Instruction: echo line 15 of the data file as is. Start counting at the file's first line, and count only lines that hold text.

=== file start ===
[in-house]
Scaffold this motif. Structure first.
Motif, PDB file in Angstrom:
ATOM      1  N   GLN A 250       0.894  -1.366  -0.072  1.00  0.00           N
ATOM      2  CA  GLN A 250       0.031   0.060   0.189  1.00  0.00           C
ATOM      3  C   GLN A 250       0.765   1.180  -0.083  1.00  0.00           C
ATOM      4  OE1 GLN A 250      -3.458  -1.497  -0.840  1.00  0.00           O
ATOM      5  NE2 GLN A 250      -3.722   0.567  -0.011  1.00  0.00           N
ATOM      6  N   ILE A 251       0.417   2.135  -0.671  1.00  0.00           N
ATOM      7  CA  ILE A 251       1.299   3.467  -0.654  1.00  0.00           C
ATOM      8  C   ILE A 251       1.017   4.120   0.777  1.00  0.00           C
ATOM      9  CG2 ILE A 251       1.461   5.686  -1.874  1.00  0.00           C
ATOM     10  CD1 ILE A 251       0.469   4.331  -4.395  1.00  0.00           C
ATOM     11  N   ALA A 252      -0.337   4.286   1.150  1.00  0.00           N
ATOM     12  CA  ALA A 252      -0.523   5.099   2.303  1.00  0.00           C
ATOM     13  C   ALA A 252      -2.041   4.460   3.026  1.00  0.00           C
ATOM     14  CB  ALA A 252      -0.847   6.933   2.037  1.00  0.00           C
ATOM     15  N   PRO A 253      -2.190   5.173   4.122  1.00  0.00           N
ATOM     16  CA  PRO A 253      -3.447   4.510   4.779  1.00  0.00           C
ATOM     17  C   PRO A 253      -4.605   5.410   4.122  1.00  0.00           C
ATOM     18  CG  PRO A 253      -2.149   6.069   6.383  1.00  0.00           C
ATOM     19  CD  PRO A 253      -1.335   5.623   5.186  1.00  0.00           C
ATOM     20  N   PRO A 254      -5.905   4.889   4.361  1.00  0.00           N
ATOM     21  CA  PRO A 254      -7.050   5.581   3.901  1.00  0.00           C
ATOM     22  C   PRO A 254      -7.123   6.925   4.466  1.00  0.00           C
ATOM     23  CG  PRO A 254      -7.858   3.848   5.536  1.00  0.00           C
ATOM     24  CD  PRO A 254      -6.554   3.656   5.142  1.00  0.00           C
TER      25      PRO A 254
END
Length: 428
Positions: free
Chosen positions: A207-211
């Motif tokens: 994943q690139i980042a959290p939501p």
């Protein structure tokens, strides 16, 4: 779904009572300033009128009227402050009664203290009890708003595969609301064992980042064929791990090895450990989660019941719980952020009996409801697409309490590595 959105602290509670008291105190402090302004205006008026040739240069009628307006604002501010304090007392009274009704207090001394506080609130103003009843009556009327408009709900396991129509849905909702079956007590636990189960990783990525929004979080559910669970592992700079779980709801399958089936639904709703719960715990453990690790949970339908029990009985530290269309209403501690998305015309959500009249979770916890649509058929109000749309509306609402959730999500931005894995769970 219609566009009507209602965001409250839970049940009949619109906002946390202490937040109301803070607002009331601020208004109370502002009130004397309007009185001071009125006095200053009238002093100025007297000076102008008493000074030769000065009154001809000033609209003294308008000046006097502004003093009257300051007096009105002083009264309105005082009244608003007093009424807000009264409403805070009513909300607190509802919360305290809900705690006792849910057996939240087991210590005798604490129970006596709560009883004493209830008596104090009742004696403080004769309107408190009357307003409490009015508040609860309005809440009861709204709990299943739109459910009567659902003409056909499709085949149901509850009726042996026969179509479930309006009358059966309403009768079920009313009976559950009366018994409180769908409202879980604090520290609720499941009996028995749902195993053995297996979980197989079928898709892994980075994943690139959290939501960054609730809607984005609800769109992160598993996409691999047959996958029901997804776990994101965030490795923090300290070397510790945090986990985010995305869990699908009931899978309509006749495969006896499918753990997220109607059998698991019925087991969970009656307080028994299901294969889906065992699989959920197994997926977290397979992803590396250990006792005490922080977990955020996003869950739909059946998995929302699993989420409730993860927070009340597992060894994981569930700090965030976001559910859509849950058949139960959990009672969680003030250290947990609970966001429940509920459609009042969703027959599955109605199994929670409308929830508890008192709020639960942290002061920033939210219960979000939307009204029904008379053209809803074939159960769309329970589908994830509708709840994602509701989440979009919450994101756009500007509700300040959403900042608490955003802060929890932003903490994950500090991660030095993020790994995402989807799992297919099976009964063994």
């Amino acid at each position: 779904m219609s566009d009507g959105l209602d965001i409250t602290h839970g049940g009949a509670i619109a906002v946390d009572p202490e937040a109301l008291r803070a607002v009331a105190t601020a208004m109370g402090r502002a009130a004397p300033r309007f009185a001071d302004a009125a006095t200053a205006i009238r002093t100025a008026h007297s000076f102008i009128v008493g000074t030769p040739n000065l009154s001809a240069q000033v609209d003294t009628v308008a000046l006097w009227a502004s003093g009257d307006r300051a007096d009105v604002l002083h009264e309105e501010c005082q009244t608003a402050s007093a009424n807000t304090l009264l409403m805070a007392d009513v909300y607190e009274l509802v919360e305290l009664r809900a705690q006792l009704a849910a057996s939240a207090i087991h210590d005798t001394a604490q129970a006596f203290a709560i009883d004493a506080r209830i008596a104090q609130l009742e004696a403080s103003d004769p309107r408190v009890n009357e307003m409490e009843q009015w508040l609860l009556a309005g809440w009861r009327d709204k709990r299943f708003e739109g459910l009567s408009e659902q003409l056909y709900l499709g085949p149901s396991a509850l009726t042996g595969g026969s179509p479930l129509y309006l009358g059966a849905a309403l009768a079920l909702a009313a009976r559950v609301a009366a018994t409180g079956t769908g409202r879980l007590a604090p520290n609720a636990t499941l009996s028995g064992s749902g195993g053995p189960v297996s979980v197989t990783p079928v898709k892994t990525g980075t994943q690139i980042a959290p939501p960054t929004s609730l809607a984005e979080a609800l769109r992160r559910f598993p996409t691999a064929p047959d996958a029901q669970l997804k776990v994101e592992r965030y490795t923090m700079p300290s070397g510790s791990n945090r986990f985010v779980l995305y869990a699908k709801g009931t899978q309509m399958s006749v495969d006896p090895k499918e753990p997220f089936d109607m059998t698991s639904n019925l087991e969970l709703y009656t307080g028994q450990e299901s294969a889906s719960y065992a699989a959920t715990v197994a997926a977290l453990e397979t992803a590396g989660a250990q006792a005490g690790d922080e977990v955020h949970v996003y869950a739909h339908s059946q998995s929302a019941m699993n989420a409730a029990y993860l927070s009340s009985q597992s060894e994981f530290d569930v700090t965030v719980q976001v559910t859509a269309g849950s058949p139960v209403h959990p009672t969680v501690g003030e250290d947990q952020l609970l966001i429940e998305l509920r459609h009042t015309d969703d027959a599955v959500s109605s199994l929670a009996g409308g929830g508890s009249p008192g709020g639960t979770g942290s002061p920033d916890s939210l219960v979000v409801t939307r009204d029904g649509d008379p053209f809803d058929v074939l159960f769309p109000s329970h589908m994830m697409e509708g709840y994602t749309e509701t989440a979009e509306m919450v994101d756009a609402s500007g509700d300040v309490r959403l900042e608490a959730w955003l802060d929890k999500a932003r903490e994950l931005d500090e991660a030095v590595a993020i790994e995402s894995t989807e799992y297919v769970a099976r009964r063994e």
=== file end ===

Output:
ATOM     12  CA  ALA A 252      -0.523   5.099   2.303  1.00  0.00           C